Planting the seeds for an emergent development system

26 May 2023


Loreine B. Dela Cruz, Executive Director, Center for Disaster Preparedness

At the Center for Disaster Preparedness (CDP) in The Philippines, we have always dreamed of contributing to system change in development. But we were also conscious that persuading and encouraging those in the status quo will always be difficult as they wittingly or unwittingly contribute to perpetuating the system we seek to transform. We believed that only in planting a new system through prototyping new ways of doing things such as grantmaking, transforming revolutionary concepts into practice, that new praxis and models will gradually and ultimately make the existing system obsolete thereby giving birth to a new system.

This is definitely a lonely battle, but it’s worth the investment. In doing this, we count on the many kindred spirits that only need to tag along and connect to push the change-momentum forward.

However, with decolonizing aid and #ShiftThePower becoming an agenda of the Southern NGOs globally, CDP decided to contribute to this. As a true-blue organization, it took actions to make this call real in our context, and to make it work towards system change for a good society in favour of marginalized peoples. In a way, the pace and commitment for change has already been accelerated. The efforts to shift the leadership of humanitarian action to national and local actors and putting communities at the center of the work has, in the past, never been highlighted as it is today. Decolonizing aid has become an important concern for humanitarian actors to ensure that the sovereign will and leadership of country and local actors are taken into consideration and given paramount significance. Aid is being redefined to be as direct as possible, without the need for any intermediaries such as INGOs.

But asking current intermediaries to step aside would be very difficult as it would eventually result in losing their reason for being and very existence in this humanitarian and development field. Ultimately, causing the old system to vanish.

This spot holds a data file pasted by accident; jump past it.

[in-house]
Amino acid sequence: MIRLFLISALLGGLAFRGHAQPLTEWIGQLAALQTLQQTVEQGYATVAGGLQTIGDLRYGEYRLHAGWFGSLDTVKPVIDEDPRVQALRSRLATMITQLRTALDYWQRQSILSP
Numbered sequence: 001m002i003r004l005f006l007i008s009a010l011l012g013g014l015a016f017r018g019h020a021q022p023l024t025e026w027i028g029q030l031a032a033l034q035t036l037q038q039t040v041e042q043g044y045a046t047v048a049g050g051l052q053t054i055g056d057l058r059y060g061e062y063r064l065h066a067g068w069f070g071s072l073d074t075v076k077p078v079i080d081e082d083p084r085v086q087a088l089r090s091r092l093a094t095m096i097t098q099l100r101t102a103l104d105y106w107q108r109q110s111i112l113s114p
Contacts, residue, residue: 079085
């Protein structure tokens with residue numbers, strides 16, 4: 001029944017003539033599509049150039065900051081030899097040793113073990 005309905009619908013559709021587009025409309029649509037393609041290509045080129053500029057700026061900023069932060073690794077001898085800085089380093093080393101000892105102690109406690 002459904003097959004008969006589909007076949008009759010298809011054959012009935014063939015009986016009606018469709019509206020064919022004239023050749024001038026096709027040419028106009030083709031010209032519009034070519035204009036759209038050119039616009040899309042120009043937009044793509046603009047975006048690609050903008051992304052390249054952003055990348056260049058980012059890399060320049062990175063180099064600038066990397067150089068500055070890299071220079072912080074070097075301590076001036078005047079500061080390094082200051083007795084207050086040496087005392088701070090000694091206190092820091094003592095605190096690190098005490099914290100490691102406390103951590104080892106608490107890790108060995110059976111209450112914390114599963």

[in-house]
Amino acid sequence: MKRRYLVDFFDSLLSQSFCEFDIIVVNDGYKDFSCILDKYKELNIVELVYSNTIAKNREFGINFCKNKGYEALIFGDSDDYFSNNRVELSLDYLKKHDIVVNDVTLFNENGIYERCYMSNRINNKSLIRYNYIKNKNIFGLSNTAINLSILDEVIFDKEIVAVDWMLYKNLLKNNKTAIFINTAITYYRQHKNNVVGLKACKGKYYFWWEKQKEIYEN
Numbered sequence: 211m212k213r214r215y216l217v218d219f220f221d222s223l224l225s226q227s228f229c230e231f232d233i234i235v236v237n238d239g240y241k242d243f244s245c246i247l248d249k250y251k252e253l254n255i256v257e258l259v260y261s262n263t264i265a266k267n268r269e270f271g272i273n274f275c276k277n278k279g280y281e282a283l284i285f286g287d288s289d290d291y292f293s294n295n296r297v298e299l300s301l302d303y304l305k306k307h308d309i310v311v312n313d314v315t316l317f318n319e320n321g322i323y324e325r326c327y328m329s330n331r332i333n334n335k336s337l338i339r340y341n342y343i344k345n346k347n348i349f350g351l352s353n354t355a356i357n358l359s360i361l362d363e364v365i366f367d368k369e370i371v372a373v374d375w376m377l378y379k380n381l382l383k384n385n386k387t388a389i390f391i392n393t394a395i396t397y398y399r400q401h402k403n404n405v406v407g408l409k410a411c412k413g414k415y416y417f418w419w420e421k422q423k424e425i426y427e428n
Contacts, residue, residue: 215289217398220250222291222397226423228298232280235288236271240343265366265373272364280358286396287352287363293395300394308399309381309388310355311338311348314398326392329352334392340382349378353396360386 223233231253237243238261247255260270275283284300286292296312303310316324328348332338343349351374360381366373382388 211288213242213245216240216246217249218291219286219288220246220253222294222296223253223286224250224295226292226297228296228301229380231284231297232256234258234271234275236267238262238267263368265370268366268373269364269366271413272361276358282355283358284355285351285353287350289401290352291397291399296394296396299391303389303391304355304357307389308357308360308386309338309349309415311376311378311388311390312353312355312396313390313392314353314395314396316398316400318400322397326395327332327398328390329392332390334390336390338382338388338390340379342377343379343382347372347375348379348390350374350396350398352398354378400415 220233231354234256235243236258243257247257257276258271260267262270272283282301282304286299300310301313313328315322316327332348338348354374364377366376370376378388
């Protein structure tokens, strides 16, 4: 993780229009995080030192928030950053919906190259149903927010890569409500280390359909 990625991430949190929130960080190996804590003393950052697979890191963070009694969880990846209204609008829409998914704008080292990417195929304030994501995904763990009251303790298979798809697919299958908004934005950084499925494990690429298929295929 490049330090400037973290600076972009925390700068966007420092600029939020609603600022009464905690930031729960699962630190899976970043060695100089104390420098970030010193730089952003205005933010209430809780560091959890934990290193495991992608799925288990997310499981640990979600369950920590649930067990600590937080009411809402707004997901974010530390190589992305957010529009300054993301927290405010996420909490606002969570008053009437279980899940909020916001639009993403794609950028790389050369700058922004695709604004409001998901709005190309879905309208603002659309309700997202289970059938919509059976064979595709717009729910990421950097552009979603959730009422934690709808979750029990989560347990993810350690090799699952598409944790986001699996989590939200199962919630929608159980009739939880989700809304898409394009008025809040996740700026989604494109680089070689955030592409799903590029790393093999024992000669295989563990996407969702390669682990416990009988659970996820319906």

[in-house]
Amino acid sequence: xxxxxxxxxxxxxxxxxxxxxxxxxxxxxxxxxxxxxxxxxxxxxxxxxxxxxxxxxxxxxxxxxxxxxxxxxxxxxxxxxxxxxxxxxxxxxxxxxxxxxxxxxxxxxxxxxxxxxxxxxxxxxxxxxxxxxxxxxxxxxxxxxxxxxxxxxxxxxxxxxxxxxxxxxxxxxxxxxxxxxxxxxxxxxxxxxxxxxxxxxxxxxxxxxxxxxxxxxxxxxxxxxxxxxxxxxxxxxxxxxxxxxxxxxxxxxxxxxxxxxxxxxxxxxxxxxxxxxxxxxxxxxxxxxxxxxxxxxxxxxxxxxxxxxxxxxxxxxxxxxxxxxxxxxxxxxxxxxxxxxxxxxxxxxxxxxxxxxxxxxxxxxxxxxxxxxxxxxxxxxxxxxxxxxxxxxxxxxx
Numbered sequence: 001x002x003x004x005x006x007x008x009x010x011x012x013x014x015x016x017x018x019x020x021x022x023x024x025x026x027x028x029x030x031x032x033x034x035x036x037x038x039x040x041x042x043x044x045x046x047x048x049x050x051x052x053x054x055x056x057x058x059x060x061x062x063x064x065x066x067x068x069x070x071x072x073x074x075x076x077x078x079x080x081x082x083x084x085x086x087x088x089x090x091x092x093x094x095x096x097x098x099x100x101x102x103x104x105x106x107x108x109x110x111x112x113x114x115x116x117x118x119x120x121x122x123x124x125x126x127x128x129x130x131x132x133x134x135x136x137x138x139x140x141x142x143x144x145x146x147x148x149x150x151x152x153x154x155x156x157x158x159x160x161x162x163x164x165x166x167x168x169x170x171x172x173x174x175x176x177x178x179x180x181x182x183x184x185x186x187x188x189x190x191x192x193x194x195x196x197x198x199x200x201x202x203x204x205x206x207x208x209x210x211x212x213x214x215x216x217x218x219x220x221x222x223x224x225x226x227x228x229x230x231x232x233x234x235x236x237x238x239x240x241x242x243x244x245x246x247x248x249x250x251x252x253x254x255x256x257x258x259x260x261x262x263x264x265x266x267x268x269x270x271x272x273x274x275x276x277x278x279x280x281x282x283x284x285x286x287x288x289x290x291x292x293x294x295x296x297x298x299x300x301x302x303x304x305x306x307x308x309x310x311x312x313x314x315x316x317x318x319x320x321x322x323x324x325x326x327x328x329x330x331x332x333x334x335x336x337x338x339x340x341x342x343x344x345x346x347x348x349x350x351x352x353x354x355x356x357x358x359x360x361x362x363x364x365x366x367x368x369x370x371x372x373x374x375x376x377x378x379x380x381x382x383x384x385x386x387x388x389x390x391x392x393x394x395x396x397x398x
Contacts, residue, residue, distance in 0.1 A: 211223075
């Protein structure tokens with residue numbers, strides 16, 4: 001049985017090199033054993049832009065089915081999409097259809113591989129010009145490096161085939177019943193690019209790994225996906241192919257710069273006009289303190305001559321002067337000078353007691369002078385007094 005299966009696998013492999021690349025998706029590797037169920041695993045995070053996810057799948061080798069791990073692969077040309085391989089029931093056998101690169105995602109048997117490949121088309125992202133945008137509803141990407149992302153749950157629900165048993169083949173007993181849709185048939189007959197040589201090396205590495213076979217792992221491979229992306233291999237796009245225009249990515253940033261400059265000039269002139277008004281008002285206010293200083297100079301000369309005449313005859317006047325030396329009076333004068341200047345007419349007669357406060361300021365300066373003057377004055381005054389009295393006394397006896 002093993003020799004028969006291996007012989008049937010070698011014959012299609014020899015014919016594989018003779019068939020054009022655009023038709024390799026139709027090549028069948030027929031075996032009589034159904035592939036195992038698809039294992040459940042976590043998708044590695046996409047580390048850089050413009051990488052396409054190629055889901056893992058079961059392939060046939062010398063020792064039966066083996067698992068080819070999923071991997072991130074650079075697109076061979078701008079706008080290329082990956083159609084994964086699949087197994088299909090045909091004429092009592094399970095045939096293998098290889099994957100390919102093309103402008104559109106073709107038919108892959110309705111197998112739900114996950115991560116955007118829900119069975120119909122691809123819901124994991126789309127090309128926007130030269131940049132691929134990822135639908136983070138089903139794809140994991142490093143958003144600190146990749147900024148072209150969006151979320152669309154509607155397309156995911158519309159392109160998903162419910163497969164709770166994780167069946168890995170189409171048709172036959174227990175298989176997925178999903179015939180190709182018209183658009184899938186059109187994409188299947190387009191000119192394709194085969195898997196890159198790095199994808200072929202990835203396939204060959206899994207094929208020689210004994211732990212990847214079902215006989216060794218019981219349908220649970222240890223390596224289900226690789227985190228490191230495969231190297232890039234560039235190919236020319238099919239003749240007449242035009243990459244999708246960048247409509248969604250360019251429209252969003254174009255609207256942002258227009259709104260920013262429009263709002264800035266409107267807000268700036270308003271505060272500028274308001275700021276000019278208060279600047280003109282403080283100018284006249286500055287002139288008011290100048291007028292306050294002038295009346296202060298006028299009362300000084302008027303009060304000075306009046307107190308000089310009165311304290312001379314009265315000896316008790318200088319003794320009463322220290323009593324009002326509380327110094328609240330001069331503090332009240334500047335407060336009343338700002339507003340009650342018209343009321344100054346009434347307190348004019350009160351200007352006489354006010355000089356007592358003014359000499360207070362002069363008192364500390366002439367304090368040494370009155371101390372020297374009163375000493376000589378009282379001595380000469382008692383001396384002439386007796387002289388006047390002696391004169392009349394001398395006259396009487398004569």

Re-envisioned aid 

By radically shifting the mind-set and practice including the values and language, a new and emergent system is being co-created by actors and stakeholders involved. The Abot-Kamay Community Solidarity Fund (ACSF) is a promising and emboldening effort to advance community-led actions for community resilience, empowerment and development. Within it, four ingredients have been well-thought out as some of the ideas to pave the way for a new practice and model towards a new system.

The first and most important is the intentional and purposive prioritization and targeting of partners from communities and community organizations. These are the ones working at the grassroots level and building the agency of community people. In doing so, the natural default is changed. These are organizations who work just as hard in both normal and difficult times on agendas that matter to communities, with or without money. As such, access to funding support in simple and appropriate ways within the means of people’s organizations as opposed to being on the radar of big and medium-sized donors becomes a measure to flattening the playing field.


This is an excerpt from the blog written by Loreine B. Dela Cruz. The full piece is available on the #ShiftThePower Treehouse

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